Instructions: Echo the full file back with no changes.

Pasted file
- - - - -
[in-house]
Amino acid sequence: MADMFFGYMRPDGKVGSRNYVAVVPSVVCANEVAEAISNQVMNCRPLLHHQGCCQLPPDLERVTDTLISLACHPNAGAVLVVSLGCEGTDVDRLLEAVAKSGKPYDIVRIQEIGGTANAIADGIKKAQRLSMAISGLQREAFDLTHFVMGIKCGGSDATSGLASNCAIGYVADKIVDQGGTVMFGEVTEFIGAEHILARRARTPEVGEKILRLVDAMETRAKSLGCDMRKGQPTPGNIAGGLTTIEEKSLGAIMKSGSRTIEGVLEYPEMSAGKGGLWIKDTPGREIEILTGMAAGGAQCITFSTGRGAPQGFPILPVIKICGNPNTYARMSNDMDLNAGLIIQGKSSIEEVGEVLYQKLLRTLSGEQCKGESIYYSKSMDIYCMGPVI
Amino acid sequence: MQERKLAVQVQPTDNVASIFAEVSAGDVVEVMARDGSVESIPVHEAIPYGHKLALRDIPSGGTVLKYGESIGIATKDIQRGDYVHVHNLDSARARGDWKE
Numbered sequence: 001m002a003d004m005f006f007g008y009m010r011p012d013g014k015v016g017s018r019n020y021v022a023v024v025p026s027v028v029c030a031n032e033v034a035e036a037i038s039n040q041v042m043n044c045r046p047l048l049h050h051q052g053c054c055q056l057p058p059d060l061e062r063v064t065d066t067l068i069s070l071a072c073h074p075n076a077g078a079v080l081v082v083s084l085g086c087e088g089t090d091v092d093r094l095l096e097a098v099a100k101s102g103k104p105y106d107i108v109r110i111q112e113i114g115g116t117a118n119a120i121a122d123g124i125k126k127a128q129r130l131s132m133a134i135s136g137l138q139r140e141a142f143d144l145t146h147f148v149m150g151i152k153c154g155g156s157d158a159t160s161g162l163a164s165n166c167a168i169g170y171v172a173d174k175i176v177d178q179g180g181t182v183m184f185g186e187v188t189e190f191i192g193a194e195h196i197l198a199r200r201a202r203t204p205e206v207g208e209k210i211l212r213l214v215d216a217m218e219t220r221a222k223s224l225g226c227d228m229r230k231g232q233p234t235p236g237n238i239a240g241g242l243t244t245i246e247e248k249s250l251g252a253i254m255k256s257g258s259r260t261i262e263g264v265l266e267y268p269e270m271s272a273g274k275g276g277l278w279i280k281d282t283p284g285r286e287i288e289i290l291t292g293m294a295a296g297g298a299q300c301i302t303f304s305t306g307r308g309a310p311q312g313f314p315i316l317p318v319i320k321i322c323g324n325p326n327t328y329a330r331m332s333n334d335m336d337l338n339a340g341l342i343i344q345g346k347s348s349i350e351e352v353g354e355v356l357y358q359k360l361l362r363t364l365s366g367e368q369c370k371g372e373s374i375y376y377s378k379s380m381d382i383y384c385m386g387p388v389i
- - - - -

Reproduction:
[in-house]
Amino acid sequence: MADMFFGYMRPDGKVGSRNYVAVVPSVVCANEVAEAISNQVMNCRPLLHHQGCCQLPPDLERVTDTLISLACHPNAGAVLVVSLGCEGTDVDRLLEAVAKSGKPYDIVRIQEIGGTANAIADGIKKAQRLSMAISGLQREAFDLTHFVMGIKCGGSDATSGLASNCAIGYVADKIVDQGGTVMFGEVTEFIGAEHILARRARTPEVGEKILRLVDAMETRAKSLGCDMRKGQPTPGNIAGGLTTIEEKSLGAIMKSGSRTIEGVLEYPEMSAGKGGLWIKDTPGREIEILTGMAAGGAQCITFSTGRGAPQGFPILPVIKICGNPNTYARMSNDMDLNAGLIIQGKSSIEEVGEVLYQKLLRTLSGEQCKGESIYYSKSMDIYCMGPVI
Amino acid sequence: MQERKLAVQVQPTDNVASIFAEVSAGDVVEVMARDGSVESIPVHEAIPYGHKLALRDIPSGGTVLKYGESIGIATKDIQRGDYVHVHNLDSARARGDWKE
Numbered sequence: 001m002a003d004m005f006f007g008y009m010r011p012d013g014k015v016g017s018r019n020y021v022a023v024v025p026s027v028v029c030a031n032e033v034a035e036a037i038s039n040q041v042m043n044c045r046p047l048l049h050h051q052g053c054c055q056l057p058p059d060l061e062r063v064t065d066t067l068i069s070l071a072c073h074p075n076a077g078a079v080l081v082v083s084l085g086c087e088g089t090d091v092d093r094l095l096e097a098v099a100k101s102g103k104p105y106d107i108v109r110i111q112e113i114g115g116t117a118n119a120i121a122d123g124i125k126k127a128q129r130l131s132m133a134i135s136g137l138q139r140e141a142f143d144l145t146h147f148v149m150g151i152k153c154g155g156s157d158a159t160s161g162l163a164s165n166c167a168i169g170y171v172a173d174k175i176v177d178q179g180g181t182v183m184f185g186e187v188t189e190f191i192g193a194e195h196i197l198a199r200r201a202r203t204p205e206v207g208e209k210i211l212r213l214v215d216a217m218e219t220r221a222k223s224l225g226c227d228m229r230k231g232q233p234t235p236g237n238i239a240g241g242l243t244t245i246e247e248k249s250l251g252a253i254m255k256s257g258s259r260t261i262e263g264v265l266e267y268p269e270m271s272a273g274k275g276g277l278w279i280k281d282t283p284g285r286e287i288e289i290l291t292g293m294a295a296g297g298a299q300c301i302t303f304s305t306g307r308g309a310p311q312g313f314p315i316l317p318v319i320k321i322c323g324n325p326n327t328y329a330r331m332s333n334d335m336d337l338n339a340g341l342i343i344q345g346k347s348s349i350e351e352v353g354e355v356l357y358q359k360l361l362r363t364l365s366g367e368q369c370k371g372e373s374i375y376y377s378k379s380m381d382i383y384c385m386g387p388v389i